By Don Simpson | September 20, 2010
Director: Veiko Õunpuu
Writer(s): Veiko Õunpuu
Starring: Taavi, Eelmaa, Ravshana Kurkova, Tiina Tauraite, Sten Ljunggren
The Temptation of St. Tony opens with death — a funeral procession to be exact. Then, a car crash; which at first seems random and absurd, but in the grand scheme of this surrealist interlocking of events it’s significance is revealed when one of the survivors of the car crash drips blood on the immaculate interior of Tony’s (Taavi Eelmaa) new Mercedes Benz. This causes Tony to drive over a black dog, which prompts Tony to discover a stash of dismembered body parts, which delivers Tony to the local police department where he meets a mysterious woman (Ravshana Kurkova). The chain of events continues for nearly two hours…
Tony, the frizzy-haired manager of a local factory, waxes to tremendous existential lengths about his — and mankind’s — reason for being. Tony’s social and economic stature allows for various comments on the post-communist environment of…wherever the hell we are. (The Temptation of St. Tony was shot in Estonia.) The foreign evils of capitalism and modernism encroach upon society, as the newly developed bourgeoisie strives to represent sophistication and superiority. Though he is by definition one of them, Tony sees no point to the bourgeois attitude.
Capitalism and the “the provincial vegetating state” of the bourgeois lifestyle effects Tony to no end. A new breed of petty, shallow, dull and hateful people possessing a “hysterical mania of self-awareness” have arisen from the ashes of Communism; for Tony only desolation and emptiness pervade from this new modern life. The ridiculous desire for maximum profit causes Tony’s superior to close the plant (the plant’s promised return on investment was 20%, but the actual ROI was 0.7% shy of that goal — a measly 19.3%). The imported (American) concept of “swinging” (wife-swapping), and the reported “benefits” thereof, prompts his second wife (Tiina Tauraite) to cheat on him. Tony too has fallen prey to the infidelity of Capitalism as he has developed a strange attraction to the mysterious woman from the police station.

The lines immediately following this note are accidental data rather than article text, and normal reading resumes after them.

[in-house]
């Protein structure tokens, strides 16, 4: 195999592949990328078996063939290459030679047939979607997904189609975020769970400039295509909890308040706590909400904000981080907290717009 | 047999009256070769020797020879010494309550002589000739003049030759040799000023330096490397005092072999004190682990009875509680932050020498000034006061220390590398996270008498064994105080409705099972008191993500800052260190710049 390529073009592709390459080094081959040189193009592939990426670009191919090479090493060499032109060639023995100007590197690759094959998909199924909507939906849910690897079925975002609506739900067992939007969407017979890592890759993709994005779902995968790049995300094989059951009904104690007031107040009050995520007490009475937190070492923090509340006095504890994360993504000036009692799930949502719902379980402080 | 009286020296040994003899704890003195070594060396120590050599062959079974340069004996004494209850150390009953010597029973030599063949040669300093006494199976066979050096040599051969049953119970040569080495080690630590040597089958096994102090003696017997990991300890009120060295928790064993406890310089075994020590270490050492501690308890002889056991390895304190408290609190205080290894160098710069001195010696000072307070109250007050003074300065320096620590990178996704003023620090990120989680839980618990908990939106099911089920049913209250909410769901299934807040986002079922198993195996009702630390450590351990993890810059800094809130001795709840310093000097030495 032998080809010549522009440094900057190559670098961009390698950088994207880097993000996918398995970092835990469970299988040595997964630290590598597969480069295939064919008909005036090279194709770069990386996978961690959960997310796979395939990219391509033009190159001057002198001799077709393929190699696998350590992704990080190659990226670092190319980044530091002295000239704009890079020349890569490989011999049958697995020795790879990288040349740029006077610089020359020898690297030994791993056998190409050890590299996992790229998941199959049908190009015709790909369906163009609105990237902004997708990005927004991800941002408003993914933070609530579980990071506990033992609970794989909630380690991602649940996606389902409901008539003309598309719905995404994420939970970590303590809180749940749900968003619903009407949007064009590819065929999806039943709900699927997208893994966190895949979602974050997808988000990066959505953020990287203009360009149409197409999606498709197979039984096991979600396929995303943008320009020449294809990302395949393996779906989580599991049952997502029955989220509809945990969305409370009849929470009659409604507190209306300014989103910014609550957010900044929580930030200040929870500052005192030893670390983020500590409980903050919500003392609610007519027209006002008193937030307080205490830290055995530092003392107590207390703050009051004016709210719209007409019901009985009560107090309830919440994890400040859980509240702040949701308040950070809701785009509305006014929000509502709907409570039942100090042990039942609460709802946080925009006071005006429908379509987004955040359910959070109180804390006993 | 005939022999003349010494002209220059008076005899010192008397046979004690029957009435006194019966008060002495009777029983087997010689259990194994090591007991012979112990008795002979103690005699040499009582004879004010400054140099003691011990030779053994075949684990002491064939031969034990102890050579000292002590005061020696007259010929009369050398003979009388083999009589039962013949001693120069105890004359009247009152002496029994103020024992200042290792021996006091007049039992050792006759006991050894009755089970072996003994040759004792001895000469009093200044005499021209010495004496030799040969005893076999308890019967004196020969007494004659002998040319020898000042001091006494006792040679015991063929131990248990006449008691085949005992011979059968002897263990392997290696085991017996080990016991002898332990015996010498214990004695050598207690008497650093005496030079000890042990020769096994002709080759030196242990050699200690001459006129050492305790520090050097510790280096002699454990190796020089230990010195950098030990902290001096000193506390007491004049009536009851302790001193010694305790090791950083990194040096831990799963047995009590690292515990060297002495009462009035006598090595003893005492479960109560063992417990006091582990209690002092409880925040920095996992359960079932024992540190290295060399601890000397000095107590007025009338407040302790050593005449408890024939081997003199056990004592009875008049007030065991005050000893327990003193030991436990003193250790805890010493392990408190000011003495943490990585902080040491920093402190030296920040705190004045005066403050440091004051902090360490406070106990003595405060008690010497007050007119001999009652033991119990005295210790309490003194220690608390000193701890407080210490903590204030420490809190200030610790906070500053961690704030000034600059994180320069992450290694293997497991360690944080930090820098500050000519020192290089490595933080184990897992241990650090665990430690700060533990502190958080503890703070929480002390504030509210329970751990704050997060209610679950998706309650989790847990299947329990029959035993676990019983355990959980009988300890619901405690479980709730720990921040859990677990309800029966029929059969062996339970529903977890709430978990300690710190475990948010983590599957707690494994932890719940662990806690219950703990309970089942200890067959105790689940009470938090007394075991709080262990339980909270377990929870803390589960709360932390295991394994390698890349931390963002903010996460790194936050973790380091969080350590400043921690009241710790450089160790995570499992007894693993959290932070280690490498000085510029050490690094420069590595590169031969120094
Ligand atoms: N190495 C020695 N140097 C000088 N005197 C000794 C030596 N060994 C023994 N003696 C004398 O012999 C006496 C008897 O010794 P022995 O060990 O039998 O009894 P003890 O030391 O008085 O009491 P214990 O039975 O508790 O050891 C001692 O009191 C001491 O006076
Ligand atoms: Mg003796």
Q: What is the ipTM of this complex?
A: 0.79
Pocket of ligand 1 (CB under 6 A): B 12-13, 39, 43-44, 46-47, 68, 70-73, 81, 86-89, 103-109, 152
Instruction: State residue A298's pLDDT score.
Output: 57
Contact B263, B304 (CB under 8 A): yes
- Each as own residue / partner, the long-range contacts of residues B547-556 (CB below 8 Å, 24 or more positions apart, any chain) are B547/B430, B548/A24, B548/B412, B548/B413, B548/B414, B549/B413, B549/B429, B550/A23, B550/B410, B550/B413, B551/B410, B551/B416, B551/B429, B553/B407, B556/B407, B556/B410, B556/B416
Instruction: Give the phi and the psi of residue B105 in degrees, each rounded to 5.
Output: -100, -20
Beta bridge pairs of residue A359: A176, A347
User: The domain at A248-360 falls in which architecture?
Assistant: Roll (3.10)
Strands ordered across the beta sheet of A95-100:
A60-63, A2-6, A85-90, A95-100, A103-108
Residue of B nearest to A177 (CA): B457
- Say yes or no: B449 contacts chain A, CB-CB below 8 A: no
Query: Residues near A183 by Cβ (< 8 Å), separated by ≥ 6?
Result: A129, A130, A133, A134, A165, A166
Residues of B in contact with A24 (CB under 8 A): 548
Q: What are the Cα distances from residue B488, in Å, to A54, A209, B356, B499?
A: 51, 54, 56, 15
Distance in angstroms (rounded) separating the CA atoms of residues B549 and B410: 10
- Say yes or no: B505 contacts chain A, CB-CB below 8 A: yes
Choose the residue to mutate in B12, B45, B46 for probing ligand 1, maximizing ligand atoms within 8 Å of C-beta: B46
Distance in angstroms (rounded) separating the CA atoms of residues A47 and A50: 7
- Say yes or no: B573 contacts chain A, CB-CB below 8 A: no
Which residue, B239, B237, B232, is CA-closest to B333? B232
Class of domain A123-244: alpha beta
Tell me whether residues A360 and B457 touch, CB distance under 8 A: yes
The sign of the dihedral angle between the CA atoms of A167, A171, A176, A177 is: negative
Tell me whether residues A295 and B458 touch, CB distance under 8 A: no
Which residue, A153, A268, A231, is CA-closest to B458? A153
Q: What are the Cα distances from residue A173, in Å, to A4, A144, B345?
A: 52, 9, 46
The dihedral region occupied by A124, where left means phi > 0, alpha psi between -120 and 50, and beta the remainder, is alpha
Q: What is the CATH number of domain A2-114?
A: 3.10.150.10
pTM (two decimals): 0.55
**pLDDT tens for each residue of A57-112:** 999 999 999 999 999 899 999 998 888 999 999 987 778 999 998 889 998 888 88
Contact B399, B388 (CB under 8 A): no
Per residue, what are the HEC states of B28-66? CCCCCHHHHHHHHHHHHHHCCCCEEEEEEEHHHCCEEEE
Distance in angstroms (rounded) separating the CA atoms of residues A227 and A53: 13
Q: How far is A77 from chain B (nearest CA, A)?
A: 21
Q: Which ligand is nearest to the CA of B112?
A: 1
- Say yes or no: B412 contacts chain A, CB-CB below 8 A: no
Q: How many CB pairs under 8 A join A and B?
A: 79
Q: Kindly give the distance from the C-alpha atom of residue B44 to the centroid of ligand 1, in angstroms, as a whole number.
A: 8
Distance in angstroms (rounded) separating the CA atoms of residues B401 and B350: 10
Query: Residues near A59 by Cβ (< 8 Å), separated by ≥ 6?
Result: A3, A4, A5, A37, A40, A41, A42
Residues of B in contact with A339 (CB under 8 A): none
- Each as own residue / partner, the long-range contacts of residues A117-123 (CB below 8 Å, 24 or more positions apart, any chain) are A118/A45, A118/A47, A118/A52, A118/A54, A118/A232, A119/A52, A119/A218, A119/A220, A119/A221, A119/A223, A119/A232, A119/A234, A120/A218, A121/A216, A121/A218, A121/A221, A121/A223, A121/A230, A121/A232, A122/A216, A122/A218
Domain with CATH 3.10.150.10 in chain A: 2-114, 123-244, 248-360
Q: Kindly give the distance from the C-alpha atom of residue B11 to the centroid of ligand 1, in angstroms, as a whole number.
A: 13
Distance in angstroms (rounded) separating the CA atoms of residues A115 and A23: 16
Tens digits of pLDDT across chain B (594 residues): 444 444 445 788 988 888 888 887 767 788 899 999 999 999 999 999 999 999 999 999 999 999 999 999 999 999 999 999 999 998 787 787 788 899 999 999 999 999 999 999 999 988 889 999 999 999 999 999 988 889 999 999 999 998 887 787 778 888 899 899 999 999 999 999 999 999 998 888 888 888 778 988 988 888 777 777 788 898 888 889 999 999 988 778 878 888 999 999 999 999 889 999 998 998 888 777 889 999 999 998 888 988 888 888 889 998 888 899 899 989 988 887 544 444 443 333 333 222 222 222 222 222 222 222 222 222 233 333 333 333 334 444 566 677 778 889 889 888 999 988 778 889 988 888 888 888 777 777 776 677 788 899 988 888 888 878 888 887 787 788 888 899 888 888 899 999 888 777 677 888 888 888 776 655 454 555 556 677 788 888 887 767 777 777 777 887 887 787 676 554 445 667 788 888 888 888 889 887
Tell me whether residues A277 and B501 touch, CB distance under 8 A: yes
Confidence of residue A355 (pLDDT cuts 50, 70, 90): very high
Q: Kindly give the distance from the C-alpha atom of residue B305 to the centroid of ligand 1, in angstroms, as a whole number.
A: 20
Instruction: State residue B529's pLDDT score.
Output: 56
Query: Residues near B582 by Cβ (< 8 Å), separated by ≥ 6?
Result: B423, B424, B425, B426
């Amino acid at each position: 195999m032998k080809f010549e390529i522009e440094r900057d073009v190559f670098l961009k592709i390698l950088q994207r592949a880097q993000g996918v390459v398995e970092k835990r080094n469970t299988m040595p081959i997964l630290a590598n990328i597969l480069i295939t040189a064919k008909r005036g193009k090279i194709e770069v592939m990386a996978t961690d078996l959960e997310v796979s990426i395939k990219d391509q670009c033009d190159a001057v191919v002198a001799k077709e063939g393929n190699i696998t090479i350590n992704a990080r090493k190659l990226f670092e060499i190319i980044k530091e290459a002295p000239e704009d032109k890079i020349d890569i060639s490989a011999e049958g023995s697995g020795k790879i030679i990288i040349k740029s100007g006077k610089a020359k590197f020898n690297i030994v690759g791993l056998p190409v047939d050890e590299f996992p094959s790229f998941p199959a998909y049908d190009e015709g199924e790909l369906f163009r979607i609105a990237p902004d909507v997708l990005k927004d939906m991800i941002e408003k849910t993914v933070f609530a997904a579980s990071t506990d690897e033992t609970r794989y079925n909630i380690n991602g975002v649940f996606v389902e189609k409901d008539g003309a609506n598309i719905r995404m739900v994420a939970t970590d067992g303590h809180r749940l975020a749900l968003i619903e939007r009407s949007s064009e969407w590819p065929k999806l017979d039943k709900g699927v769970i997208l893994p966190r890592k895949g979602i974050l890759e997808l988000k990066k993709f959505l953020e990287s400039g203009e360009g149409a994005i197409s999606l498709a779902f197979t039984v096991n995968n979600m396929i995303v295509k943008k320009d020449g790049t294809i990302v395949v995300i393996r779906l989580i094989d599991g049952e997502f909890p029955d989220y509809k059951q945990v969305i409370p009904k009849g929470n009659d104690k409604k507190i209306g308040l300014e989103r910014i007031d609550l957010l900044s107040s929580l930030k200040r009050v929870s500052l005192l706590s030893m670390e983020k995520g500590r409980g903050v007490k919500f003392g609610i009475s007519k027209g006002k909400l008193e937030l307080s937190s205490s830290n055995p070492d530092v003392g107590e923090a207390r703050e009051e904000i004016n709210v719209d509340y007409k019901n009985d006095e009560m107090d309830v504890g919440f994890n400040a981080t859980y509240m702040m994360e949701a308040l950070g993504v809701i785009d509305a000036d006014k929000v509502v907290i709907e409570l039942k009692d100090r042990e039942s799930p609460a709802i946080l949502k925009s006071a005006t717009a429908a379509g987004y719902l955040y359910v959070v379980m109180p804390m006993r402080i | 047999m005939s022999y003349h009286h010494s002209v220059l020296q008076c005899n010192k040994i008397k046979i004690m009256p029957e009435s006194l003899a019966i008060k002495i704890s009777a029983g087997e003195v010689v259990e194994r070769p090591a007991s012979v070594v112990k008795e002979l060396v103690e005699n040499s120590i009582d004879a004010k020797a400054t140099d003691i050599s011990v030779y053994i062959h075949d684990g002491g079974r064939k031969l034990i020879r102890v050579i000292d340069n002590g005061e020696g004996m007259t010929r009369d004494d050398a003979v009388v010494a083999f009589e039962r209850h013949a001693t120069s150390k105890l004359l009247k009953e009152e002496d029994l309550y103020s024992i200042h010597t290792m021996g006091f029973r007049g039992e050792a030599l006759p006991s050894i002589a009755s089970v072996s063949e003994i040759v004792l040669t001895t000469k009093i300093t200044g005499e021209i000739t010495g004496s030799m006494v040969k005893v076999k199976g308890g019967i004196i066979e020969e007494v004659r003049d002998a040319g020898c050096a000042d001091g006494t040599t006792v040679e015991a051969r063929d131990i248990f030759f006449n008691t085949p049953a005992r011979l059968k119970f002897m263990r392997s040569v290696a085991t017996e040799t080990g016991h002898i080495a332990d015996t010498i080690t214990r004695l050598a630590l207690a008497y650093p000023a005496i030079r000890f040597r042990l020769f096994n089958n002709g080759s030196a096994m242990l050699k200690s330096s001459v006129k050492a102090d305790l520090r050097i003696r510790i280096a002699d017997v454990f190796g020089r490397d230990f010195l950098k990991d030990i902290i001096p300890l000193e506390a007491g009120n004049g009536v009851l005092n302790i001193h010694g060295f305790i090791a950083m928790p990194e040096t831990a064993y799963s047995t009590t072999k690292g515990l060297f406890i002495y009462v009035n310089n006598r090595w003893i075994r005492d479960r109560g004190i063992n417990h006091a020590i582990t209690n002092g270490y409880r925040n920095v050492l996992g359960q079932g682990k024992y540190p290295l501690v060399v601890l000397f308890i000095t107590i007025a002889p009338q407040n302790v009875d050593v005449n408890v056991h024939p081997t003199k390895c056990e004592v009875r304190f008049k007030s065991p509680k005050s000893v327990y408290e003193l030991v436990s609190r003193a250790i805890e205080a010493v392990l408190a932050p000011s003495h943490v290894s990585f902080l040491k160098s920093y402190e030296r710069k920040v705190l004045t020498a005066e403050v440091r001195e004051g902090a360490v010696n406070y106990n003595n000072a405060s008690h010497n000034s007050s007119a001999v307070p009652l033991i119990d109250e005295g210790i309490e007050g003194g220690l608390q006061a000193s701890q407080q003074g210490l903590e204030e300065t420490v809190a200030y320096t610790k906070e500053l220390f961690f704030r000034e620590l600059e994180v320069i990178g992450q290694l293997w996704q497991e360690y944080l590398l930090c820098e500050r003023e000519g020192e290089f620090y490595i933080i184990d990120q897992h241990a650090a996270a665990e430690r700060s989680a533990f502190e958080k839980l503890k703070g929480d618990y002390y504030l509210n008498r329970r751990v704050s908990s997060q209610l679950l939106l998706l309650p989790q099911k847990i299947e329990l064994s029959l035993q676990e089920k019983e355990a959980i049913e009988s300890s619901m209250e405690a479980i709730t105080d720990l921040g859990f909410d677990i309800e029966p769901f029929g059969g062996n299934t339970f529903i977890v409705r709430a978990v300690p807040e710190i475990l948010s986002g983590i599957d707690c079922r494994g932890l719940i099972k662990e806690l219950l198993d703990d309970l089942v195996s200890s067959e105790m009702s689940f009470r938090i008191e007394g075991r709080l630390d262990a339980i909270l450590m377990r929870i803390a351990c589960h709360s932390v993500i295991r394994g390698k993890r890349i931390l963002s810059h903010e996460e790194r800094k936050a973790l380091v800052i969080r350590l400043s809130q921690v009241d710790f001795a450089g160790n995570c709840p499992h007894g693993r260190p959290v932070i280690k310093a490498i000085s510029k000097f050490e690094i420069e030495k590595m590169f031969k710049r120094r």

The lower class has become an unbearable burden to the rich, an ugly blight tainting their existence. The lower class has not remained immune to Capitalism either, as the commodification of objects has trickled down to them (which is represented brilliantly when a homeless person empties a wine bottle, because the empty glass bottle has more worth than the wine that once filled it). The ravaged poor that aimlessly traverse the desolate landscape — who at times are indistinguishable from the rich drunkards who foolishly stumble about — plague the Capitalist world like mindless zombies.
The ruins of Communism surround Tony. The remaining non-modern structures — most of which are not fully intact — appear to have been severely ravaged by time (and possibly a barrage of bombs). Tony is merely a spectator witnessing the death and destruction of his old world. Being has evolved into nothingness. Tony, our St. Anthony (as epitomized by Hieronymus Bosch’s triptych painting The Temptation of St. Anthony), has been catapulted from the normalcy of his prior life into sheer demonic torment (which is represented most literally in The Golden Age, a Lynchian 1930s-style underworld cabaret for bourgeois hedonists). Tony’s only hope is that he will not succumb to temptation and the afterlife will be more fulfilling and pleasant than this living hell.
Stylistically pilfering from some of cinema’s great auteurs (such as Eric Rohmer, Luis Buñuel, Ingmar Bergman, Akira Kurosawa, David Lynch, Stanley Kubrick, Aki Kaurismäki and Jim Jarmusch), Estonian filmmaker Veiko Õunpuu’s The Temptation of St. Tony is like a ghost from cinema’s past (due at least in part to the luscious and meticulous black and white cinematography by Mart Taniel). Õunpuu cleverly balances the creepy and foreboding nature of its dreamlike surrealism and the dark humor of Scandinavian absurdism with a strong and deep philosophical undercurrent which is ripe with social and political commentary. It is worth noting that the overwhelmingly negative interpretation of Capitalism is most likely a direct result of the economy of Õunpuu’s homeland of Estonia being the second worst hit of all 27 European Union members during the 2008–2009 economic crisis.
The dialogue is sparse, fragmented and seemingly random, yet in totality it forms a rich tapestry of philosophical and theological ruminations. Random characters expound upon the existence of man and man’s life worth; or they quote William Blake as they light their cigarettes. I suspect audiences will be polarized by Õunpuu’s narrative techniques, either declaring The Temptation of St. Tony to be a tedious and pretentious mess or a landmark work of cinematic genius.
The Temptation of St. Tony is a co-production between Estonia, Sweden and Finland. It was Estonia’s submission for the Academy Award for Best Foreign Language Film at the 83rd Academy Awards.